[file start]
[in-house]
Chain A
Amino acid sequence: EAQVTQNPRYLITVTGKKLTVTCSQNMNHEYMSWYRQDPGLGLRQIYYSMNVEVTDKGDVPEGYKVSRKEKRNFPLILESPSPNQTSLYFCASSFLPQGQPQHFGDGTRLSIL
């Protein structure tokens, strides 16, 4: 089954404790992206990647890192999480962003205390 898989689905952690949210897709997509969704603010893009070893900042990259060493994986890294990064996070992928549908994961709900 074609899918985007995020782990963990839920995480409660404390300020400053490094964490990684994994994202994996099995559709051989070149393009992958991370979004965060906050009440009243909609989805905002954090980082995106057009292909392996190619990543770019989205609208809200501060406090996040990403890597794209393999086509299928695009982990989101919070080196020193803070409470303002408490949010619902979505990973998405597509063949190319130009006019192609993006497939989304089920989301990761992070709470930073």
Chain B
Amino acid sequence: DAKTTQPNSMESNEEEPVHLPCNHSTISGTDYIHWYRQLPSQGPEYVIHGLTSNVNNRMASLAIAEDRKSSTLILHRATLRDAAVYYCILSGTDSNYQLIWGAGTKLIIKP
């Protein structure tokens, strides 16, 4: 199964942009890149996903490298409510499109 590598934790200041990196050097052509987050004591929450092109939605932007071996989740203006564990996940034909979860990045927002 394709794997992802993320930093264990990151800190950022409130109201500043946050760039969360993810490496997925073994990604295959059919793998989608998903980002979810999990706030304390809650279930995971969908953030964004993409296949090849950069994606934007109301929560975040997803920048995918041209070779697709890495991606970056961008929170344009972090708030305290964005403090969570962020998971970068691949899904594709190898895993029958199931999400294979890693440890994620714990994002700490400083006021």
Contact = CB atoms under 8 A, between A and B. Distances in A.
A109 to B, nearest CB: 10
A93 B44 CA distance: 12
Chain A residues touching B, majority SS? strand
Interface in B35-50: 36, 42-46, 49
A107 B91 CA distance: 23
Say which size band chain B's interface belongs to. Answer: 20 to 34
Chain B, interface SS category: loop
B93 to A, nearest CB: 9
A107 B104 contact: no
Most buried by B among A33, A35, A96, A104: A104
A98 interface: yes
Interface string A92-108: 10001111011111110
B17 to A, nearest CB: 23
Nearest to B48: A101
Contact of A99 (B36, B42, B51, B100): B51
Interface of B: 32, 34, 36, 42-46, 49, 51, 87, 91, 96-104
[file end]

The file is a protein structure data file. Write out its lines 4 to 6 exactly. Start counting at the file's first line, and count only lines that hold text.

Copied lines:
């Protein structure tokens, strides 16, 4: 089954404790992206990647890192999480962003205390 898989689905952690949210897709997509969704603010893009070893900042990259060493994986890294990064996070992928549908994961709900 074609899918985007995020782990963990839920995480409660404390300020400053490094964490990684994994994202994996099995559709051989070149393009992958991370979004965060906050009440009243909609989805905002954090980082995106057009292909392996190619990543770019989205609208809200501060406090996040990403890597794209393999086509299928695009982990989101919070080196020193803070409470303002408490949010619902979505990973998405597509063949190319130009006019192609993006497939989304089920989301990761992070709470930073």
Chain B
Amino acid sequence: DAKTTQPNSMESNEEEPVHLPCNHSTISGTDYIHWYRQLPSQGPEYVIHGLTSNVNNRMASLAIAEDRKSSTLILHRATLRDAAVYYCILSGTDSNYQLIWGAGTKLIIKP